A resident of California, Alexander was the Peace and Freedom Party candidate for Lieutenant Governor in 2006. He received 43,319 votes, 0.5% of the total. In August 2010, Alexander declared his candidacy for the President of the United States with the Socialist Party and Green Party. In January 2011, Alexander also declared his candidacy for the presidential nomination of the Peace and Freedom Party.
Stewart Alexis Alexander was born to Stewart Alexander, a brick mason and minister, and Ann E. McClenney, a nurse and housewife, in the Mary Immaculate Hospital on the banks of the James River, near the Newport News Ship Building and Dry Dock Company, in Newport News, Virginia. Because the facility was then a segregated hospital, young Stewart and his mother were quickly relocated to a basement room.
While in the Air Force Reserve, Alexander worked as a full-time retail clerk at Safeway Stores and then began attending college at California State University, Dominguez Hills. Stewart began working overtime as a stocking clerk with Safeway to support himself through school. During this period he was married to Freda Alexander, his first wife. They had one son.
He was honorably discharged in October 1976 and married for the second time. He left Safeway in 1978 and for a brief period worked as a licensed general contractor. In 1980, he went to work for Lockheed Aircraft but quit the following year.
Returning to Los Angeles, he became involved in several civic organizations, including most notably the NAACP (he became the Labor and Industry Chairman for the Inglewood South Bay Branch of the NAACP).
In 1986 he moved back to Los Angeles and hosted a weekly talk show on KTYM Radio until 1989. The show dealt with social issues affecting Los Angeles such as gangs, drugs, and redevelopment, interviewing government officials from all levels of government and community leaders throughout California. He also worked with Delores Daniels of the NAACP on the radio and in the street.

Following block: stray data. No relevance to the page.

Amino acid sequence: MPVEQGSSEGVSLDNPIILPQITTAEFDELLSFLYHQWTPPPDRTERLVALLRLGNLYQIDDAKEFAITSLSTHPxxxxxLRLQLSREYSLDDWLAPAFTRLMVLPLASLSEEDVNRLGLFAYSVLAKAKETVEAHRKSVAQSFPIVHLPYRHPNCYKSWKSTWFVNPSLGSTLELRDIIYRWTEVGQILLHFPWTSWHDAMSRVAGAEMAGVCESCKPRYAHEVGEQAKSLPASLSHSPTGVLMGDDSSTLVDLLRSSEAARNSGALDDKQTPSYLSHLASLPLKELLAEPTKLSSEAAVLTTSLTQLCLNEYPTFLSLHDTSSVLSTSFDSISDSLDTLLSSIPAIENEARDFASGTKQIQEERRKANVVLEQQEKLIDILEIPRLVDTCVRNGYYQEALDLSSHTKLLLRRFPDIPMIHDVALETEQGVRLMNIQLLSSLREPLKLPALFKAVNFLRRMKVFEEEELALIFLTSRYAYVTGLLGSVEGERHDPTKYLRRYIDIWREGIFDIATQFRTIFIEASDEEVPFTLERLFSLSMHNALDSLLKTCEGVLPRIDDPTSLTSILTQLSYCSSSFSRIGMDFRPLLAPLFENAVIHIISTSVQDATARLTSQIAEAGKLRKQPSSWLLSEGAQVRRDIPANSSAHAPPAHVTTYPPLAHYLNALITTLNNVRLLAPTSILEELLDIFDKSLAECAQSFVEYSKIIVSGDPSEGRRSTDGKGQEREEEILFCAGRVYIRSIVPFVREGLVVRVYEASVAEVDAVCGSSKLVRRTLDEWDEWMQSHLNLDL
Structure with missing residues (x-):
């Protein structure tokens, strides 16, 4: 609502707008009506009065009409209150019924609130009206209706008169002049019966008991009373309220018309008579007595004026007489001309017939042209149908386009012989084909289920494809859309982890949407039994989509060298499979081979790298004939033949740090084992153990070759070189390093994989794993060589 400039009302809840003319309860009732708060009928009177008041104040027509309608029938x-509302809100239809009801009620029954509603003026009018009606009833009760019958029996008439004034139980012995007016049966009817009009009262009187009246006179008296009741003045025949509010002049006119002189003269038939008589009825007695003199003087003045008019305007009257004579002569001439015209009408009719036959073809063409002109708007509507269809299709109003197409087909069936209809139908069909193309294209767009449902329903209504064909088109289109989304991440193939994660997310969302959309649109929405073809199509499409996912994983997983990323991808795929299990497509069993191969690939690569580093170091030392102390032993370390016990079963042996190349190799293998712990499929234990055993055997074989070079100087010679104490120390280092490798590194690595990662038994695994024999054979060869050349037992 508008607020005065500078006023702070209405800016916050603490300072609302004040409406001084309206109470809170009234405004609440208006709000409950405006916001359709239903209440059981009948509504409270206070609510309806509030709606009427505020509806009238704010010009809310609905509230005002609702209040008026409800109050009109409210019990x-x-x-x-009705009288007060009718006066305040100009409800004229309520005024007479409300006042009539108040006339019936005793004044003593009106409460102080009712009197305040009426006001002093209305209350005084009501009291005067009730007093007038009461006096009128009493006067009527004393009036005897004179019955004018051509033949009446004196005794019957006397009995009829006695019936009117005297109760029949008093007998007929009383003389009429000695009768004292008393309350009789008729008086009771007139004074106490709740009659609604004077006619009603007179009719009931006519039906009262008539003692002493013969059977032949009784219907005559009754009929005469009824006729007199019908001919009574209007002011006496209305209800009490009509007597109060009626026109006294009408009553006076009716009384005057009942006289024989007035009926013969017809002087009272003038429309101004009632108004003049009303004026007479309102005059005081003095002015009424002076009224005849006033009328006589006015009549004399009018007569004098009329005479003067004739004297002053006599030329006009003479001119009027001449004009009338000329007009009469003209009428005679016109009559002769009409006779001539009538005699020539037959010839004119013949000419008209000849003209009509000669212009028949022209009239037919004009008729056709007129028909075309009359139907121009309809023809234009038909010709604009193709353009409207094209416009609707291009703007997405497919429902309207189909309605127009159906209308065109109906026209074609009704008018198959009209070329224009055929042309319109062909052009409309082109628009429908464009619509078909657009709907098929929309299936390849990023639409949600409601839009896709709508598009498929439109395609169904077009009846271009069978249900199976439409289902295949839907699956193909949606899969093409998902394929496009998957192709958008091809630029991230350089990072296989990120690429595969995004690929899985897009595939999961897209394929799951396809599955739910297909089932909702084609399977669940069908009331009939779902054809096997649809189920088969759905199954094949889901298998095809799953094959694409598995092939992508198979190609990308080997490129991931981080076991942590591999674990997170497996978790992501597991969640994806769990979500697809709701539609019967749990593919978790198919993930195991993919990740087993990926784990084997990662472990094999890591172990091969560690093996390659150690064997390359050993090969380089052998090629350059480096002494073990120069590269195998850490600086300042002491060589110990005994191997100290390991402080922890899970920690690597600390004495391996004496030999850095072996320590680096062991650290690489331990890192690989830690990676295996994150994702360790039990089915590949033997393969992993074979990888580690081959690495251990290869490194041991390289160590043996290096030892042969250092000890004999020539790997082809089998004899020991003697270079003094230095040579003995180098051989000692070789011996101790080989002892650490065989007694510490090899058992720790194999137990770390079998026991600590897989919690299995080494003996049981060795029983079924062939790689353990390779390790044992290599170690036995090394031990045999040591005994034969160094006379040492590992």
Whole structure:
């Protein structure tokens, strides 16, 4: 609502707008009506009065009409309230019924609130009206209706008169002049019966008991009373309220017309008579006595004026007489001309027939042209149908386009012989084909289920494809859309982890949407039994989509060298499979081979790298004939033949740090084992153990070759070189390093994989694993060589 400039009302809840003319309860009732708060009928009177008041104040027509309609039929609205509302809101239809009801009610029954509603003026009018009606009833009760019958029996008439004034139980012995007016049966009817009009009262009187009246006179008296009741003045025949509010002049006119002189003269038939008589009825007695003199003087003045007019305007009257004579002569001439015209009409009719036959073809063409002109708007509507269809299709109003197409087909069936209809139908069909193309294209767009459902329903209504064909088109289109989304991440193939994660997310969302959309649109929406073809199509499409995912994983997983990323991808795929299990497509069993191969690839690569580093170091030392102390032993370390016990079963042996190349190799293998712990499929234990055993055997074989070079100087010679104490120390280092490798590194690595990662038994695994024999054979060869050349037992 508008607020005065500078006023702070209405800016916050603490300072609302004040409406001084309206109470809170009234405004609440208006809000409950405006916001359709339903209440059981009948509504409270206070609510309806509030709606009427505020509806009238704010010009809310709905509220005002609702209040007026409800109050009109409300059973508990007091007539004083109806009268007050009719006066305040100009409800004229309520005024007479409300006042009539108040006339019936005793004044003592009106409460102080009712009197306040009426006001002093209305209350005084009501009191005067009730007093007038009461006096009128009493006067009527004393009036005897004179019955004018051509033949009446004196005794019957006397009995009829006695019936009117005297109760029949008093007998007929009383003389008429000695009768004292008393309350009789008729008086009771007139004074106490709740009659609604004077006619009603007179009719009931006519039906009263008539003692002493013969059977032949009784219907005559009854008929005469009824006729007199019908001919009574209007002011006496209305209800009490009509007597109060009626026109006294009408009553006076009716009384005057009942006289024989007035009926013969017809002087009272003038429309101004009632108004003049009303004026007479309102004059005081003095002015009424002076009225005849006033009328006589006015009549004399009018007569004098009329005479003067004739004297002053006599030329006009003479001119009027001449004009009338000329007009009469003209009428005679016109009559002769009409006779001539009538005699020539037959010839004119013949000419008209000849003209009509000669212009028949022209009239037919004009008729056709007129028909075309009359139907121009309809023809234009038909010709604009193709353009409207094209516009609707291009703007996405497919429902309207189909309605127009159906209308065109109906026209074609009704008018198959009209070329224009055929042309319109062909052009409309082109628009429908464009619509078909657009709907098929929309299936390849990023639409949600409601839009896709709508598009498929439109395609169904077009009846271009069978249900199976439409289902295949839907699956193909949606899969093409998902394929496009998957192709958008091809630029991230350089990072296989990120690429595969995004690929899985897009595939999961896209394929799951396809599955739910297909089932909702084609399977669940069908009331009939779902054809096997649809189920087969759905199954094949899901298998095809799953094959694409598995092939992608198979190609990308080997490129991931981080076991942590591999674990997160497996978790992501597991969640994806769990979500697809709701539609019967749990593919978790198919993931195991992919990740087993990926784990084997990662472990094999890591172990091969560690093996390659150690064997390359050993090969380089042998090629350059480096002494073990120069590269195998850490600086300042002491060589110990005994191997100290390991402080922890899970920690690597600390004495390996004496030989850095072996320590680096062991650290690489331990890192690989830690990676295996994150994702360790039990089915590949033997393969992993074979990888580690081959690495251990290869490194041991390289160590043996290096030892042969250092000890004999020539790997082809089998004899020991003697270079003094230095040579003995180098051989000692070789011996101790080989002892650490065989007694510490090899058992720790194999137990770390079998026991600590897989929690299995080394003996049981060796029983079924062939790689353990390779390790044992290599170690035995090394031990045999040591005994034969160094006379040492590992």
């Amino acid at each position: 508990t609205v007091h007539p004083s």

In 1987 he met Norton Halper, a community activist, who convinced him to run for mayor of Los Angeles.
Alexander launched his campaign for mayor of Los Angeles in 1988, personally visiting over 14,000 doors to get the necessary 1,000 signatures to appear on the ballot. Many of his ideas for the campaign came from a hearing of over 200 community activists in Los Angeles, about the city's problems, which he moderated.
His campaign focused on the issue of redevelopment. Stewart felt that the billions of tax dollars spent on redevelopment were wasted on helping wealthy contractors and corporations earn more profits at the expense of the residents who he felt were in need of social programs and employment. Furthermore, his campaign dealt with the issues of crime prevention and the aforementioned social programs. Stewart believes that these social conditions led to the Los Angeles riots of 1992.
Tom Bradley won the election against major opponent Nate Holden. Alexander finished seventh with 2,691 votes (0.84%).
Alexander became an automobile sales consultant and began looking at other political groups outside of the Democratic and Republican parties. He saw the popularity of independent H. Ross Perot in 1992 and 1996 as proof that America was interested in more as well.
He was the Peace and Freedom party candidate for Lieutenant governor in California in 2006, receiving 0.5% of the vote.
In 2008 he was nominated for Vice President of the United States by the Socialist Party USA.
On October 15, 2011, he was nominated for President of the United States by the Socialist Party USA at the party's convention in Los Angeles.
He also unsuccessfully ran for the Peace and Freedom Party nomination for governor in the California gubernatorial election, 2010.
At the 2011 Socialist Party USA national convention in Los Angeles, California, Alexander was elected as the party's nominee for President of the United States. He won the nomination in the first round of voting, against former SPUSA co-chair Jerry Levy. Alexander's running-mate for Vice President of the United States was Alejandro Mendoza of Texas.
In August 2012, Alexander sought the nomination of the Peace and Freedom Party, a ballot qualified socialist party in California. Alexander/Mendoza lost the nomination to a ticket of comedian Rosanne Barr and anti-war activist Cindy Sheehan. Shortly thereafter, Alexander resigned from the Steering Committee of the Peace and Freedom Party, citing a lack of support for socialist candidates by the PFP. It was later confirmed that the Peace and Freedom nomination was decided ahead of time through a backroom deal involving Barr, Sheehan, and the Party for Socialism and Liberation.